by Kathleen Barker
Believe it or not, some writers are attracted to the Young Adult genre because they think this category is easier to write...that a child's or teen's mind is less demanding, easier to satisfy and, therefore, less demanding for an author. I'm not making this up. It has been privately admitted to me by a few.
Gae Polisner is NOT one of those authors.
Writing YA faction demands a special understanding of the young mind. All of us have experienced the struggles that the teen years bring, but maturity erases the details. We remember the most terrible and joyful events, but much of the everyday angst and embarrassment fades as we learn to deal with life as an adult.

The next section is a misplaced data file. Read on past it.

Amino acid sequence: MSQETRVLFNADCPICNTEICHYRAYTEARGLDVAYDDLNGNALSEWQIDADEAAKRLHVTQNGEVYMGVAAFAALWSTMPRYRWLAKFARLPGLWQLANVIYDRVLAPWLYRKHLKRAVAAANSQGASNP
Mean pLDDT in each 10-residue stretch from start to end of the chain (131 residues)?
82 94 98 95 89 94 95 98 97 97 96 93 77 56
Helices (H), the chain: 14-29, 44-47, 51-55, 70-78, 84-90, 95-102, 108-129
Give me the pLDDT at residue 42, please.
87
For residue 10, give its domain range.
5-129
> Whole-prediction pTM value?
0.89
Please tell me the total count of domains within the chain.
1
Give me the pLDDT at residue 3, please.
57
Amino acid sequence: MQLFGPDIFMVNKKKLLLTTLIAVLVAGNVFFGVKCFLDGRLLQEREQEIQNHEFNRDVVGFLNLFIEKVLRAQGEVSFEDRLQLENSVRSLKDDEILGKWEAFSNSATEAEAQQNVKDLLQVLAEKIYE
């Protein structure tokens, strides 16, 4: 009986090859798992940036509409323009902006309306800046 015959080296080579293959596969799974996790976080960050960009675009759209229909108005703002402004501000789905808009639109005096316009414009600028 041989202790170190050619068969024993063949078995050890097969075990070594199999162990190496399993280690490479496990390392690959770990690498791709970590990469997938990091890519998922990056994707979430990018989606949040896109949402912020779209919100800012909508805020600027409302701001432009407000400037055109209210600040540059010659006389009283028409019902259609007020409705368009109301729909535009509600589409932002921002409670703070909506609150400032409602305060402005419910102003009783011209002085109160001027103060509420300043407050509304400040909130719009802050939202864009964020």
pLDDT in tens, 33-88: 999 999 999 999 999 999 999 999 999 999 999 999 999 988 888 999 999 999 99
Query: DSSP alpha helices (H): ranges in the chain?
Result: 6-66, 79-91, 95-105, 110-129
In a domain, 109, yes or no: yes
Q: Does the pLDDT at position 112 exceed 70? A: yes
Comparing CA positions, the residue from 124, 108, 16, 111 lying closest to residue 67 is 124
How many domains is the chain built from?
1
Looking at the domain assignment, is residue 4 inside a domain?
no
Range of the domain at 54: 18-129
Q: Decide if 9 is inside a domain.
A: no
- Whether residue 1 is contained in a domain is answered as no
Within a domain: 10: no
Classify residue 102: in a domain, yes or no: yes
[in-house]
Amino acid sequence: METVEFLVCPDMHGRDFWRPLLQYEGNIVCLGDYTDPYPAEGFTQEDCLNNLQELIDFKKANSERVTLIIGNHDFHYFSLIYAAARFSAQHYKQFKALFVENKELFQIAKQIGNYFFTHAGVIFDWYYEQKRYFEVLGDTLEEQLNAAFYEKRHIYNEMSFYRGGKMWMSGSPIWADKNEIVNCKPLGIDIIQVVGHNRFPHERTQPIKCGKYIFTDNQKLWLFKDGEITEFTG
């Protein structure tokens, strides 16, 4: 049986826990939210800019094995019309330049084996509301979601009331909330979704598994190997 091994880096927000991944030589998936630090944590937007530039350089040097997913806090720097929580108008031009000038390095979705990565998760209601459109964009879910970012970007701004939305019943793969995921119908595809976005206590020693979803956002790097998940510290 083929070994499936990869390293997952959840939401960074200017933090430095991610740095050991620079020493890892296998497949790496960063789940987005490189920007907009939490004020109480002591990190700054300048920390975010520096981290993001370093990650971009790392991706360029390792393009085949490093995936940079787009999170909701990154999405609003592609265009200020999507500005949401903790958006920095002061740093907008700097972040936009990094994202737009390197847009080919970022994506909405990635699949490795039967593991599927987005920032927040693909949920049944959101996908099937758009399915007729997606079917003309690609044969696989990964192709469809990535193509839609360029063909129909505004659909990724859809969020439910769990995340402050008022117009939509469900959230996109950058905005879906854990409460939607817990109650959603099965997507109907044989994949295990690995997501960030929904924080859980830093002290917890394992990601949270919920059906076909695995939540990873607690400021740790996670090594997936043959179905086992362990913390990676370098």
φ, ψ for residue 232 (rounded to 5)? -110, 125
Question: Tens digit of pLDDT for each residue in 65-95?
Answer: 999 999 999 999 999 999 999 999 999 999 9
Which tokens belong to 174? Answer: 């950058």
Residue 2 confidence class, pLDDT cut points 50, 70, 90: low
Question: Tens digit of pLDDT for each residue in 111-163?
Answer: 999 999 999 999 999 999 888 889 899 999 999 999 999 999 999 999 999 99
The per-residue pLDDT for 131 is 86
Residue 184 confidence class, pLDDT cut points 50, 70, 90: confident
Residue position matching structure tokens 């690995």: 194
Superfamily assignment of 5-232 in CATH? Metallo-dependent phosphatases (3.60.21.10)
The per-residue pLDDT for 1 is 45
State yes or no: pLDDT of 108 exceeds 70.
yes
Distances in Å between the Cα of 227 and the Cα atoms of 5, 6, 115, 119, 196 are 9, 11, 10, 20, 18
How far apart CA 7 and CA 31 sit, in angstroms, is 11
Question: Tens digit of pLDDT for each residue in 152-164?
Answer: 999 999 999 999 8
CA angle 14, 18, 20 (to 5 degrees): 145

Polisner's The Pull of Gravity shows that the author has an exquisite understanding of young minds. Her characters Nick and Jaycee handle problems with siblings who torment and parents who disappear with an astounding authenticity. Nick rages over a father who checks out physically by becoming grossly obese before abandoning his family. His best friend, Scoot, is dying of progeria, and his brother, Jeremy, shoots holes in Nick's small bubbles of hope with snarky retorts. When Scoot entrusts a valuable book to Jaycee, a journey to maturity begins. Nick and Jaycee set off on a trip to find the now-deceased Scoot's father, unaware that it is all part of a plan. Polisner also skillfully weaves Steinbeck's classic Of Mice and Men into the story.
The Pull of Gravity has already been incorporated into many classrooms as educators have realized its appeal to young readers. I can't think of any other book that would shine more brightly in holiday gift wrap this season than this jewel of a story.
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